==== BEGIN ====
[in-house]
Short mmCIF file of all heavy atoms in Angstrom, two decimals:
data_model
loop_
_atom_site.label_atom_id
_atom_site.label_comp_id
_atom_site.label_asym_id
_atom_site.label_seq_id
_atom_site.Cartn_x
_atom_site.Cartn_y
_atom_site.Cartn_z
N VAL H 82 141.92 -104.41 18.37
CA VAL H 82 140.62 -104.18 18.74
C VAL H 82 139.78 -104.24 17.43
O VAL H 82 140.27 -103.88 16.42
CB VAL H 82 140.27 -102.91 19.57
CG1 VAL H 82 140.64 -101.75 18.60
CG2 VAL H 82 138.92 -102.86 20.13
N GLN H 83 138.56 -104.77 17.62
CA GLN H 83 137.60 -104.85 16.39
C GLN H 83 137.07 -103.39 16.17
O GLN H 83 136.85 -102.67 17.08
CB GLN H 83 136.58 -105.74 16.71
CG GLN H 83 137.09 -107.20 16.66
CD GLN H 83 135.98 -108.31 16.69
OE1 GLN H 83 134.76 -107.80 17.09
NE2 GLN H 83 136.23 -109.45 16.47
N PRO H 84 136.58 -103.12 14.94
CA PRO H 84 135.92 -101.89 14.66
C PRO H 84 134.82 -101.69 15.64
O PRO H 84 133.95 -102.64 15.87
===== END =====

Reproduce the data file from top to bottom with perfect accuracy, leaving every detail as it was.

[in-house]
Short mmCIF file of all heavy atoms in Angstrom, two decimals:
data_model
loop_
_atom_site.label_atom_id
_atom_site.label_comp_id
_atom_site.label_asym_id
_atom_site.label_seq_id
_atom_site.Cartn_x
_atom_site.Cartn_y
_atom_site.Cartn_z
N VAL H 82 141.92 -104.41 18.37
CA VAL H 82 140.62 -104.18 18.74
C VAL H 82 139.78 -104.24 17.43
O VAL H 82 140.27 -103.88 16.42
CB VAL H 82 140.27 -102.91 19.57
CG1 VAL H 82 140.64 -101.75 18.60
CG2 VAL H 82 138.92 -102.86 20.13
N GLN H 83 138.56 -104.77 17.62
CA GLN H 83 137.60 -104.85 16.39
C GLN H 83 137.07 -103.39 16.17
O GLN H 83 136.85 -102.67 17.08
CB GLN H 83 136.58 -105.74 16.71
CG GLN H 83 137.09 -107.20 16.66
CD GLN H 83 135.98 -108.31 16.69
OE1 GLN H 83 134.76 -107.80 17.09
NE2 GLN H 83 136.23 -109.45 16.47
N PRO H 84 136.58 -103.12 14.94
CA PRO H 84 135.92 -101.89 14.66
C PRO H 84 134.82 -101.69 15.64
O PRO H 84 133.95 -102.64 15.87